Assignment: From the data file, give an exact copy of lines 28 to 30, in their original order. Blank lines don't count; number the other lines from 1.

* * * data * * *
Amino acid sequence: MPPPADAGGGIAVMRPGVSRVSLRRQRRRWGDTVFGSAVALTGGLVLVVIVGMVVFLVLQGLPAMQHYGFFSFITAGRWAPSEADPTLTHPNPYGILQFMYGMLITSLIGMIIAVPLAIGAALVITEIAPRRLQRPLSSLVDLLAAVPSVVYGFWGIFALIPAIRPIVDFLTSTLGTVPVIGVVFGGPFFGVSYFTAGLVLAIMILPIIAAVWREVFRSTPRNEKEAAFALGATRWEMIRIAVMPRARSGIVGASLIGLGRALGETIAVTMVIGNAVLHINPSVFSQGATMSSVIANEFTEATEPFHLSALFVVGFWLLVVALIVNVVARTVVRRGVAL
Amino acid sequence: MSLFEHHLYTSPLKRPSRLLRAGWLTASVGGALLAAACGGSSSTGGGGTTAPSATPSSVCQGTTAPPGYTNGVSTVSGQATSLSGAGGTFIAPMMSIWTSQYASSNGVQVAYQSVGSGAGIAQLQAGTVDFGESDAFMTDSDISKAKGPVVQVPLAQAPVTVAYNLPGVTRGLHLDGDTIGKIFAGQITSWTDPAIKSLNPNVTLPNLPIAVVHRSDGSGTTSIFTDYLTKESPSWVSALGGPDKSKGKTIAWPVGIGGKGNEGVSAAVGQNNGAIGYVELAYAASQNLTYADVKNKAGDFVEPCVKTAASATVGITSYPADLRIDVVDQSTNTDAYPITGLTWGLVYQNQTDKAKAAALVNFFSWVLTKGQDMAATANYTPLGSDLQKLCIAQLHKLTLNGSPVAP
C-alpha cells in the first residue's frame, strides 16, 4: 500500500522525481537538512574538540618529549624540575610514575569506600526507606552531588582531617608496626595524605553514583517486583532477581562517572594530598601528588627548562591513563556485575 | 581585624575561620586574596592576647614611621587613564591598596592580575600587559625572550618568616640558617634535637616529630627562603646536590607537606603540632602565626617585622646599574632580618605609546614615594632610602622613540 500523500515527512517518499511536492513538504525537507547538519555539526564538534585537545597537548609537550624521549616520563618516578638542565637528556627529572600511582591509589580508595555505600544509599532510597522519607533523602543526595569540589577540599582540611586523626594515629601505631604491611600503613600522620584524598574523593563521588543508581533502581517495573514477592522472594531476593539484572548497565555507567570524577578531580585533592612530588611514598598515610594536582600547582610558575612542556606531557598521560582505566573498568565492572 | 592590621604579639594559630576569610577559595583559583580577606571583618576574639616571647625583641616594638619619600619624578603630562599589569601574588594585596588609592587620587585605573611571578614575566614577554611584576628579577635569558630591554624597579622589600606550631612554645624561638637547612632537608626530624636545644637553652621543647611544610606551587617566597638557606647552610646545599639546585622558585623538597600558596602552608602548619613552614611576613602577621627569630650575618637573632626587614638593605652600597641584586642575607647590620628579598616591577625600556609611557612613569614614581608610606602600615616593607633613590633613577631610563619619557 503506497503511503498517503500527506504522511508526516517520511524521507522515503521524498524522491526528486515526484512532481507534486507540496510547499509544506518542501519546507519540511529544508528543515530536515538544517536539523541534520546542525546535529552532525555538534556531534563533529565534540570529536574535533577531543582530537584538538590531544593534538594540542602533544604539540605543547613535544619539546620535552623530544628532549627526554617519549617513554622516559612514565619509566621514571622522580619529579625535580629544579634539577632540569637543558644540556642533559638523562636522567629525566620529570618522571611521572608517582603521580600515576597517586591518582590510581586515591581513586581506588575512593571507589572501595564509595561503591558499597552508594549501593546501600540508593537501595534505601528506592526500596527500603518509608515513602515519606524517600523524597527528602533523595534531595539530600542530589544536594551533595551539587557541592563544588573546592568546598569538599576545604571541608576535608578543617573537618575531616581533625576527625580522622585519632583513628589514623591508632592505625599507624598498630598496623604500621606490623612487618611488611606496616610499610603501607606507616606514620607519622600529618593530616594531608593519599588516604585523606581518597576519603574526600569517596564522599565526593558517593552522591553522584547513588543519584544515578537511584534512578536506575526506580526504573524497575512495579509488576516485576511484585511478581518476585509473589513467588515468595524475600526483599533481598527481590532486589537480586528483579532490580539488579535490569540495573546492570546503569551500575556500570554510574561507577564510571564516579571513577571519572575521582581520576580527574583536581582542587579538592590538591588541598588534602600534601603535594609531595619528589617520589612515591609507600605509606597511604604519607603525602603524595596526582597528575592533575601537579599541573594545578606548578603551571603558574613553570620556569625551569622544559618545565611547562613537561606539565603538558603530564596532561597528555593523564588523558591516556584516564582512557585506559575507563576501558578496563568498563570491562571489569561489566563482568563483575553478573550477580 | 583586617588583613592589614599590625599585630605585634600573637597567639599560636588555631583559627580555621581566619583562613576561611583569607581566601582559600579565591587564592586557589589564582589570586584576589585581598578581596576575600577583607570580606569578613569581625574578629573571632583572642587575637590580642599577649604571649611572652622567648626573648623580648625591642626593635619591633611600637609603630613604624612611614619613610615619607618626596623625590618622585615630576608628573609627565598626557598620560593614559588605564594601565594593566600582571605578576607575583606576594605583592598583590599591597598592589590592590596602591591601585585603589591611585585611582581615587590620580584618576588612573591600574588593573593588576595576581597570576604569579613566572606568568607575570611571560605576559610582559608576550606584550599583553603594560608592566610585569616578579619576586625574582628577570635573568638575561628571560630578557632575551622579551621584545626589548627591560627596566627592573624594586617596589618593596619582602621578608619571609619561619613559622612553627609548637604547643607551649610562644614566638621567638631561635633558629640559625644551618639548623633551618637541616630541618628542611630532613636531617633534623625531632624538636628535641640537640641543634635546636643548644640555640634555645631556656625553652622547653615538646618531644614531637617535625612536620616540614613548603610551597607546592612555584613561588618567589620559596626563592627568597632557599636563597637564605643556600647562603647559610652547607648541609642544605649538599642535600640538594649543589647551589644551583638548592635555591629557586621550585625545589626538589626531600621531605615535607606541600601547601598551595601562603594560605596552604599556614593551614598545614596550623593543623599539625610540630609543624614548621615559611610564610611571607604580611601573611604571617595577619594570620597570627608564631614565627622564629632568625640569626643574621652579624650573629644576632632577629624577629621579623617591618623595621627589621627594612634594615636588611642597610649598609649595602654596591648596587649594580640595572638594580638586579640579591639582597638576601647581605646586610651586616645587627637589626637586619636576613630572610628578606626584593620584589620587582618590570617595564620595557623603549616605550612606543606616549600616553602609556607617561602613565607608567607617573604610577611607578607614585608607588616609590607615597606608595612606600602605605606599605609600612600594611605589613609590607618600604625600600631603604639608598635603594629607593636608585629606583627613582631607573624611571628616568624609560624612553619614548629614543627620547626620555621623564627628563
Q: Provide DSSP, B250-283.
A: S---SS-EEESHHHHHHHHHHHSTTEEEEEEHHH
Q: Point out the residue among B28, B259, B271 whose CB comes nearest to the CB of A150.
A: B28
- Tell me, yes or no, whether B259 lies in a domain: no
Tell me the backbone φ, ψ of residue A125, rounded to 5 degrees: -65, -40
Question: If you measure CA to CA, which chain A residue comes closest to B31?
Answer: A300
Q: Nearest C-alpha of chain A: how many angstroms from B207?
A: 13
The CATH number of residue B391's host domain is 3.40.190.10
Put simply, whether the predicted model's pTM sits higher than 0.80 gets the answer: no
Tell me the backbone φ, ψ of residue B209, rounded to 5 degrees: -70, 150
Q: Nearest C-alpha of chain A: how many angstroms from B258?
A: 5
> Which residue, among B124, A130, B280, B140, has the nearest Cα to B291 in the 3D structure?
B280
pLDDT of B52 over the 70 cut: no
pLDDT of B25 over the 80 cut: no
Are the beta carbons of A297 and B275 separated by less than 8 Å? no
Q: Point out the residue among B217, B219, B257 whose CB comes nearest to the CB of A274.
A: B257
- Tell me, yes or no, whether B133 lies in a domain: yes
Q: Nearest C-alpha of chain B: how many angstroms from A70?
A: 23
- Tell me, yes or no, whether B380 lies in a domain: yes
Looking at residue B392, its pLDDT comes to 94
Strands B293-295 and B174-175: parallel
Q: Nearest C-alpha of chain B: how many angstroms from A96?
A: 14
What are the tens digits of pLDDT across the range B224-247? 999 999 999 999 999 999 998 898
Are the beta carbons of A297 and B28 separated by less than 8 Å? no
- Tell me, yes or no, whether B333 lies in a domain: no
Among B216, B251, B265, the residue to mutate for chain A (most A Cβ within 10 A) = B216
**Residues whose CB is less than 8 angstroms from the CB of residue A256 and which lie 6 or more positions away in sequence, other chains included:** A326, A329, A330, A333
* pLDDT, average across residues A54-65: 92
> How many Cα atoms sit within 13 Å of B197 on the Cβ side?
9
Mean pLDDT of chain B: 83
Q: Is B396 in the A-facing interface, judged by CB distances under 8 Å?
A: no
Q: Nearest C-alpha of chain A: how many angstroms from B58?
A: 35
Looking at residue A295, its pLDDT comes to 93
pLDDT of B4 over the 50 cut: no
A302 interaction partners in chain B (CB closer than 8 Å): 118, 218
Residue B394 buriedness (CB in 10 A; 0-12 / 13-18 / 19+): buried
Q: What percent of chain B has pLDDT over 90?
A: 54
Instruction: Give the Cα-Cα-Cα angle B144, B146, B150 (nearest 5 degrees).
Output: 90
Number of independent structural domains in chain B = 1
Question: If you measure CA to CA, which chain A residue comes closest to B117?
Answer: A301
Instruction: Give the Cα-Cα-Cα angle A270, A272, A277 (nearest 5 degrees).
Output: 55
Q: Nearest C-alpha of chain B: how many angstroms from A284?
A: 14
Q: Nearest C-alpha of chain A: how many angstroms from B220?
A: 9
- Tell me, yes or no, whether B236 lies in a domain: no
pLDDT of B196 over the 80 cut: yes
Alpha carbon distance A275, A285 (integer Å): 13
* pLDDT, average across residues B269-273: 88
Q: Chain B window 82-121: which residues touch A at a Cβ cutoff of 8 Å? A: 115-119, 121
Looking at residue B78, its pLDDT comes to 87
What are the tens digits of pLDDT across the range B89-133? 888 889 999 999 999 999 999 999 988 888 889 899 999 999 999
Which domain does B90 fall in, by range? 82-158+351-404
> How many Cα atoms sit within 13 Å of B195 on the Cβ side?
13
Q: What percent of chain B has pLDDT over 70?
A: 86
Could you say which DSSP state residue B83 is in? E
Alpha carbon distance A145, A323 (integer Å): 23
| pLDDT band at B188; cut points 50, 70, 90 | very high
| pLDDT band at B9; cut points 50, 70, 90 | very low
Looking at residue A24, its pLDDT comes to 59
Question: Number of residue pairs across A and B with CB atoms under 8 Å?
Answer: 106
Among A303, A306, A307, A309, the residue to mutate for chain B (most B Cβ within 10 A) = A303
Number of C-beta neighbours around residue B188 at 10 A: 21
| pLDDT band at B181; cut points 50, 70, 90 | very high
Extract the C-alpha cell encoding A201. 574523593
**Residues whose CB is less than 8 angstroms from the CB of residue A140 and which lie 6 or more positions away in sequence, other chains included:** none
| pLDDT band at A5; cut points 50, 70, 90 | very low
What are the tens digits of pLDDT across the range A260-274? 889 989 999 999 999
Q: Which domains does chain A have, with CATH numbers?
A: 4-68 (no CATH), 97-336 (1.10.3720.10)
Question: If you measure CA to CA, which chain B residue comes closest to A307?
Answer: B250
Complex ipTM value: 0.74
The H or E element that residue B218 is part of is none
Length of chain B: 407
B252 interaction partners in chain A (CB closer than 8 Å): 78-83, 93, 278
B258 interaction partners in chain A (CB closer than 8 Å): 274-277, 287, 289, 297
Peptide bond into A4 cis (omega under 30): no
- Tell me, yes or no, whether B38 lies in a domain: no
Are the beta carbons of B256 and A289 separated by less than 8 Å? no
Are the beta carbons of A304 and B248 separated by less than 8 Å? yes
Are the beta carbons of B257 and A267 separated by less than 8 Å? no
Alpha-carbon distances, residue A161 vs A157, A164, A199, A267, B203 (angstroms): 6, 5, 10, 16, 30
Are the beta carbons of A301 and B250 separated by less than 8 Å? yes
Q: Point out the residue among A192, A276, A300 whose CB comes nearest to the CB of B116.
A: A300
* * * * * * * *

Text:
A: 23
- Tell me, yes or no, whether B380 lies in a domain: yes
Looking at residue B392, its pLDDT comes to 94